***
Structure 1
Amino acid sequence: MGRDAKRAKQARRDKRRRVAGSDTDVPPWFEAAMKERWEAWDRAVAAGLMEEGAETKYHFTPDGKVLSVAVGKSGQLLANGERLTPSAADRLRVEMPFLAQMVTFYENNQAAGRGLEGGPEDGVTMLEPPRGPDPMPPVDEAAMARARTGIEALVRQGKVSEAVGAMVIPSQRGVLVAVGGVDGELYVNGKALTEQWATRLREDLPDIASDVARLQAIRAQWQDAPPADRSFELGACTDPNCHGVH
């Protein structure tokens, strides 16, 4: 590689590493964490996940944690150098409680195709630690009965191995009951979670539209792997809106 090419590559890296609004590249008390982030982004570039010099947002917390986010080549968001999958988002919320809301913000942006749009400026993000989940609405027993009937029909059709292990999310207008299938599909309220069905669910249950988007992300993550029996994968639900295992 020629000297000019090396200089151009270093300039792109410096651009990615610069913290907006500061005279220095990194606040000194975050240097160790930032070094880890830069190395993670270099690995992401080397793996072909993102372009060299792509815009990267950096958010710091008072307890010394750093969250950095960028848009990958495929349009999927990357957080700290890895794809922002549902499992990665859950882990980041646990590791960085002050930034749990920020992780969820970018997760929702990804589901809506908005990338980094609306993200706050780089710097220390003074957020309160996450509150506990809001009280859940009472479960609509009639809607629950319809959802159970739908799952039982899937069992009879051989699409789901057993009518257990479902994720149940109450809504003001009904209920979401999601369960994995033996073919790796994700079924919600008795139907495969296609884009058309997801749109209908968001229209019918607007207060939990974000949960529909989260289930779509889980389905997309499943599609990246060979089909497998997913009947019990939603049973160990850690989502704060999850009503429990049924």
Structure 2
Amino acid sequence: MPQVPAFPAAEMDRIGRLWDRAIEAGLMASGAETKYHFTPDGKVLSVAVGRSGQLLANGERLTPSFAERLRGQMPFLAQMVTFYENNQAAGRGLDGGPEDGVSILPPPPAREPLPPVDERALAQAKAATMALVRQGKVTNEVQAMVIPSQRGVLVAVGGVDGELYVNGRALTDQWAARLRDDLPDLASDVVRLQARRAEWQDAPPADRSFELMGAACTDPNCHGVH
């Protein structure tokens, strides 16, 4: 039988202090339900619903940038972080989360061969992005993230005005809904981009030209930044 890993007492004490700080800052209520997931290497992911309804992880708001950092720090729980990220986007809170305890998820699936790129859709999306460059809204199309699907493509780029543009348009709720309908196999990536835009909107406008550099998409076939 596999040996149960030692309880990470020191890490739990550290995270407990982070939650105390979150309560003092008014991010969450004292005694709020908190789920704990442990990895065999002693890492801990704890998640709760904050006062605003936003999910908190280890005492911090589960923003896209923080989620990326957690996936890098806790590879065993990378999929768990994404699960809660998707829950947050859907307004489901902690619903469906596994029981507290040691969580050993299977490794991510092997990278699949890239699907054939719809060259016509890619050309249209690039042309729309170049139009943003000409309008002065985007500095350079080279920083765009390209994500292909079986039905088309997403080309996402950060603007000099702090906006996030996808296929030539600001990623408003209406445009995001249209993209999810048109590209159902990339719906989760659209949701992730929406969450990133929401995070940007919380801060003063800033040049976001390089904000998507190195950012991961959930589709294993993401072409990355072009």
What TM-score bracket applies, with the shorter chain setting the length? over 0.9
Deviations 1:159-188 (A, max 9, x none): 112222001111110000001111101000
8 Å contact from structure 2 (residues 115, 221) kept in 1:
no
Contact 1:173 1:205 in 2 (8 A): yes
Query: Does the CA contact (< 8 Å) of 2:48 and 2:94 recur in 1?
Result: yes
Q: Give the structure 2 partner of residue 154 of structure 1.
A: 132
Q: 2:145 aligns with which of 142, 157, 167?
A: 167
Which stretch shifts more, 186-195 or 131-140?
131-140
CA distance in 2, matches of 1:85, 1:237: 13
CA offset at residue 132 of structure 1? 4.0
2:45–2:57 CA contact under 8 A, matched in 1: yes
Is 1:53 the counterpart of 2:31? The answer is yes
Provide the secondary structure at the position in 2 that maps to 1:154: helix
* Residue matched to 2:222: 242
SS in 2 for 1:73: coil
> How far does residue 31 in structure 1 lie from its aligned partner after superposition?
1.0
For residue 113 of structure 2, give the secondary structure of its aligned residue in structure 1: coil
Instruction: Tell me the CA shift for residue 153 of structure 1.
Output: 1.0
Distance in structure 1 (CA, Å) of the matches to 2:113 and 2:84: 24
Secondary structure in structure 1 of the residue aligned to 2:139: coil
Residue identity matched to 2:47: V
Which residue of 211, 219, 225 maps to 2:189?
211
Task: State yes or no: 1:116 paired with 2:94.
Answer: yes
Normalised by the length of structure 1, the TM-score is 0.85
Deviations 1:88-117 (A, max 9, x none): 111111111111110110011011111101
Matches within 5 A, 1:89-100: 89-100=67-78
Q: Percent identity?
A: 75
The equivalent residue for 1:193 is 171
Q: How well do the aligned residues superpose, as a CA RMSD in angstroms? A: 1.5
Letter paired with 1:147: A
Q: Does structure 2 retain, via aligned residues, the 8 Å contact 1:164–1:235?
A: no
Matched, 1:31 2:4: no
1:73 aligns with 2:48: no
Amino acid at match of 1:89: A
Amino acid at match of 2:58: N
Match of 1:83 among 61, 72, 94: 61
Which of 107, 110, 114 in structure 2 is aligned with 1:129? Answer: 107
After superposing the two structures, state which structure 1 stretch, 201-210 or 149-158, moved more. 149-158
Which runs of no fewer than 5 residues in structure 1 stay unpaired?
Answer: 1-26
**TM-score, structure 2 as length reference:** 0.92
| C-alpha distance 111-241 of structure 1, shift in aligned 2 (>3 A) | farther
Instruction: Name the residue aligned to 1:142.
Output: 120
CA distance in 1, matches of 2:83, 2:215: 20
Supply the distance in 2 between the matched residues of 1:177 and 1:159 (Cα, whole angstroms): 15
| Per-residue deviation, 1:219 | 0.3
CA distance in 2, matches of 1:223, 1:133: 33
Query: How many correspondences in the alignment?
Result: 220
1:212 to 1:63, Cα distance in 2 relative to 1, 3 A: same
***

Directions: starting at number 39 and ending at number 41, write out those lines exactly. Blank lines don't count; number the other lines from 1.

Normalised by the length of structure 1, the TM-score is 0.85
Deviations 1:88-117 (A, max 9, x none): 111111111111110110011011111101
Matches within 5 A, 1:89-100: 89-100=67-78